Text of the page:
An introductory study of the conventions that shape fiction combined with extensive practice in using these conventions. Conducted as a workshop, the course will involve regular writing and discussion of the work produced by the student writers themselves. Students wishing to enroll must present satisfactory evidence of motivation and serious interest in creative writing. Standard or CR/NC grading. IV

WRC 2084 Poetry Workshop
An introductory study of the conventions that shape lyric poetry combined with extensive practice in using these conventions. Conducted as a workshop, the course will involve regular writing and discussion of the work produced by the student writers themselves. Students wishing to enroll must present satisfactory evidence of motivation and serious interest in creative writing. May be repeated for credit as long as the topic is different. Standard or CR/NC grading. IV

WRC 2114 Interpersonal Communication
A study of the kind of contact that occurs when the people communicating with each other talk and listen in ways that increase and enhance personal understanding. Topics to be considered include the importance of, and methods for enhancing one’s perceptions, listening skills, emotional awareness, identity and impression management, verbal and nonverbal expression, conflict management and resolution, and building relationships within and across cultures. Prerequisite: Sophomore Standing or permission of instructor. IV

WRC 2214 Business Writing
Designed to help students develop skills in writing, especially for business and industry, where writing is important and inevitable. Students will read about and research current topics in business writing, view and analyze sample business documents, and produce many types of texts (including email, memo, resume, cover letter, reports, etc.) using various media (oral, print, and online) for a variety of purposes and audiences common in business writing. IV

WRC 2264 Non-Fiction Workshop
An introductory study of the conventions that shape literary non-fiction with extensive practice in using these conventions. Conducted as a workshop, the course will involve regular writing and discussion of the work produced by student writers themselves. Students wishing to enroll must present satisfactory evidence of motivation and serious interest in creative writing. May be repeated for credit as long as the topic is different. Standard or CR/NC grading. Also listed as ENG 2264. IV

WRC 2294 Special Topics in Writing, Rhetoric, and Communication
Introduction to selected topics in communication focusing on concepts and methods used by communication scholars. Potential topics include listening, communication and gender, crosscultural communication, and rhetorical theory. May be repeated for credit as long as the topic is different. IV

WRC 2314 Writing for Writing’s Sake
Brings writers together for the pleasure of reading and talking about writing (not to mention the joy of actually devoting time to doing it). This course examines the writing life and offers writers a chance to do what they love to do. Students will write and share, and will polish a portion of their writing for the purpose of compiling an end-of-term collection of the workshop’s best and most interesting efforts. IV

WRC 2334 Rhetoric of Resistance
After a brief overview of some key rhetorical principles, this course will examine the practicesand strategies used by individuals, groups,and movements who have challenged and are challenging concentrated interests of power. Examines a wide variety of rhetorical texts,including but not limited to newspaper articles,underground pamphlets, songs, films, autobiographies, photographs,human rights reports, performances, speeches, and books. In addition to reading/viewing these texts, this course will consist of short writing assignments, presentations, and a final project. Interdisciplinary course appropriate for those interested in the fields of rhetoric, composition, communication, political science, history, philosophy, and women’s studies. IV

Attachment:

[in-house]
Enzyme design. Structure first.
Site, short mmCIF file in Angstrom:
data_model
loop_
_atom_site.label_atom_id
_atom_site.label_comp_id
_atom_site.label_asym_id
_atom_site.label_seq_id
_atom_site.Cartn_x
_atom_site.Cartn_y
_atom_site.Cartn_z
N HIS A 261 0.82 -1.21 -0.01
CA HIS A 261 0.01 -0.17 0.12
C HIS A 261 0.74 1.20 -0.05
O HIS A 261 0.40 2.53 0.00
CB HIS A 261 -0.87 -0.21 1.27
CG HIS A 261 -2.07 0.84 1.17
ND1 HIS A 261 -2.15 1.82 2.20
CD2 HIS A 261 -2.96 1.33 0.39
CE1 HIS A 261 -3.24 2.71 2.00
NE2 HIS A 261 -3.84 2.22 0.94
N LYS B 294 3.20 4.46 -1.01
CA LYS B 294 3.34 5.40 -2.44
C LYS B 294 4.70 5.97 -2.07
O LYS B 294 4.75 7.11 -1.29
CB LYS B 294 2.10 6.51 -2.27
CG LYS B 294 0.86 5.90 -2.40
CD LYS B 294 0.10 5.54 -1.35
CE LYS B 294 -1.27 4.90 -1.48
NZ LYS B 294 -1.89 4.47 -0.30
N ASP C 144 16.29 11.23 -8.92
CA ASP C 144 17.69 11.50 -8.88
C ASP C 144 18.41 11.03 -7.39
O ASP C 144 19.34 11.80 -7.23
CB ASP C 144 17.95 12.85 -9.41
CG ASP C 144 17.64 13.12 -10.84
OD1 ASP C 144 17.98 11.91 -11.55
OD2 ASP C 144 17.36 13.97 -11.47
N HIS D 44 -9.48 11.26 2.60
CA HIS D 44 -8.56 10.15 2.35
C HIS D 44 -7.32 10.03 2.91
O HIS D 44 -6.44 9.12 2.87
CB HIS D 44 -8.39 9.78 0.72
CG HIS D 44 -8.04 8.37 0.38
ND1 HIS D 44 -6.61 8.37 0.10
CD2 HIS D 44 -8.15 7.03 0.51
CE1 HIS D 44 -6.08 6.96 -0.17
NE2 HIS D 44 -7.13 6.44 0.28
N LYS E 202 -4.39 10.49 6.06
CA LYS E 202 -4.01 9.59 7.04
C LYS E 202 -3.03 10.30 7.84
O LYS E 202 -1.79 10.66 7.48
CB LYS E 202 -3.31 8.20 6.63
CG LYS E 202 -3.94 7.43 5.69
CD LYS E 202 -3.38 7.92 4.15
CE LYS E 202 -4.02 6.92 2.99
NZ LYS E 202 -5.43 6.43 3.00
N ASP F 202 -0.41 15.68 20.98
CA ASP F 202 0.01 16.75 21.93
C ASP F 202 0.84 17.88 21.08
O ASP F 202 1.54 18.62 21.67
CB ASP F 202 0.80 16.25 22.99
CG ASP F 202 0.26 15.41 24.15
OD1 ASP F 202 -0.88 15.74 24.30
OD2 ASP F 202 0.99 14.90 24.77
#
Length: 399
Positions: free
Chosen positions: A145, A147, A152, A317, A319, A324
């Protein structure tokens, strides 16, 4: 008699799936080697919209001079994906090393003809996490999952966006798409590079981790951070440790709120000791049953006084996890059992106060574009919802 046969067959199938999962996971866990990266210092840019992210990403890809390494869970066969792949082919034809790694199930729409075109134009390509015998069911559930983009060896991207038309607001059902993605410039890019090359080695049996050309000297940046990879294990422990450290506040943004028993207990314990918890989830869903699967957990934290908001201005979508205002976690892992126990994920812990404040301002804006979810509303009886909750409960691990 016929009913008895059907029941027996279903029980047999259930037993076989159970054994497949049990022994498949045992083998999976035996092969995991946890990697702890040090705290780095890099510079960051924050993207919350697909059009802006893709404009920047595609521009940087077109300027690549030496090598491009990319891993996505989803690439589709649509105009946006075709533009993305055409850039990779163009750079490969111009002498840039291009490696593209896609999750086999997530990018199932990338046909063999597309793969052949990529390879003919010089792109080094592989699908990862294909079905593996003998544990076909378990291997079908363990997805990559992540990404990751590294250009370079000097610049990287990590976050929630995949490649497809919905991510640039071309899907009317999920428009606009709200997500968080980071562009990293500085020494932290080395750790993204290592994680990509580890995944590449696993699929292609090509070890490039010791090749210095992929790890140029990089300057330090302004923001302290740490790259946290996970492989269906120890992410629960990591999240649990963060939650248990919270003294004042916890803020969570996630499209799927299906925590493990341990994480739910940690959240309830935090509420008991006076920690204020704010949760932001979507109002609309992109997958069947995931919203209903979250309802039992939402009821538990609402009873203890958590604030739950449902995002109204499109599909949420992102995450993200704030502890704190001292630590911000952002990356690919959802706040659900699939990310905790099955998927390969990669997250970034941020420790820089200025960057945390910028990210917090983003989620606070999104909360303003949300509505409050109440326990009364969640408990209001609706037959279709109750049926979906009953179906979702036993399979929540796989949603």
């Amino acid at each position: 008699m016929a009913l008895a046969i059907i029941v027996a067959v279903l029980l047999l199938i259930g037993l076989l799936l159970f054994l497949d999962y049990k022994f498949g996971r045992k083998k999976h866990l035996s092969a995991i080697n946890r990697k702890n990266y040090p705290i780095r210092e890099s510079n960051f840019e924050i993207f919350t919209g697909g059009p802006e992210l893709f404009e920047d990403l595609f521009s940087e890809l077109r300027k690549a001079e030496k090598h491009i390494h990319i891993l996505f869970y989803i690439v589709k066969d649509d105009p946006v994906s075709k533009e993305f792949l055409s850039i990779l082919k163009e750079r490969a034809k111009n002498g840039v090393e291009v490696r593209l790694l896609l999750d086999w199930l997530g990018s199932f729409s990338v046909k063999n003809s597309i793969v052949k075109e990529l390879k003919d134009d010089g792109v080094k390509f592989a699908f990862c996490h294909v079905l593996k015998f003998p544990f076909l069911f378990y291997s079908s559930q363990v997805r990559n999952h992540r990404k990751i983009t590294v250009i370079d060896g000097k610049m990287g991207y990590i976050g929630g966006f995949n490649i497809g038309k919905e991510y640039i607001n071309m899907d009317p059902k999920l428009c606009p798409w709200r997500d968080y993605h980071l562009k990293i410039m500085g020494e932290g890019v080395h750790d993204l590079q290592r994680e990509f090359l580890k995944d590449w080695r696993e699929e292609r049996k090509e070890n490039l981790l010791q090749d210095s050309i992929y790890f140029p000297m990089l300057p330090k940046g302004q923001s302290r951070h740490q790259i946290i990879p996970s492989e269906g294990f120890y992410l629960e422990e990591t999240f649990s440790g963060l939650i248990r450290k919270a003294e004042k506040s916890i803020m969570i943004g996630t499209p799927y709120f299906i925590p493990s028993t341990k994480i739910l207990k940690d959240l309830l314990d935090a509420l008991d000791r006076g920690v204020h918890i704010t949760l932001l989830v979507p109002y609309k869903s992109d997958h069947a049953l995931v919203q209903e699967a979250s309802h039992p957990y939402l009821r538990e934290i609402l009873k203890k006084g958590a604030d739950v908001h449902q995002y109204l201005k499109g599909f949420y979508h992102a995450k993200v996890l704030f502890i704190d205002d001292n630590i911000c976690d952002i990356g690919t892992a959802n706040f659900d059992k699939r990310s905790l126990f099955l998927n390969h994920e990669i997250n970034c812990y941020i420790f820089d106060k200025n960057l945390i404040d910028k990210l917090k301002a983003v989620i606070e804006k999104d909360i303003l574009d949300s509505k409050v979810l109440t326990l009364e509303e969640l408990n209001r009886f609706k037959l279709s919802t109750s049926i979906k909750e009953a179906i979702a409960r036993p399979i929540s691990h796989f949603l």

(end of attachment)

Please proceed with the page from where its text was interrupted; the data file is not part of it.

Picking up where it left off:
WRC 2354 Introduction to Classical Rhetoric
An introduction to the art of rhetoric-a discipline concerned, as Aristotle writes, with "observing in any case the available means of persuasion." Via close reading, short response papers, group discussions, and a project that employs both a written and spoken component, participants will not only develop a working vocabulary of some of the terms and techniques associated with classical rhetoric but also have ample opportunities to see how such elements function in contemporary texts. Helpful for anyone interested in writing successful arguments regardless of academic discipline. Prerequisite: FYS 1004 and 1104. IV; V

WRC 3024 Nonverbal Communication
The study of the way we communicate without and beyond words. The various types of nonverbal behavior, including body language, gestures, paralanguage,space utilization,etc. will be examined in order to increase understanding of intracultural and cross-cultural communication. Prerequisite: WRC 1004 or permission of instructor. IV; V

WRC 3034 Organizational Communication
The study of the ways in which communication affects organizations. Uses Organizational Theory to focus on concepts of group work, leadership, motivation, formal and informal systems, external and internal audiences, organizational technologies, and interpersonal communication in organizations. Stidemts complete practical application through analysis of a particular organization. Prerequisite: WRC 1004 or permissionof instructor. IV; V

WRC 3044 Gender and Communication
The study of the role communication plays in the socialization of gender and the role gender plays in communication. Focus on relational interaction in interpersonal, educational, familiy and organization contexts, on mass media messages, and on issues of power and critique. Also listed as WS 3044. Prerequisite: WRC 1004, WS 1004, or permission of instructor. IV; V

WRC 3054 Digital Rhetoric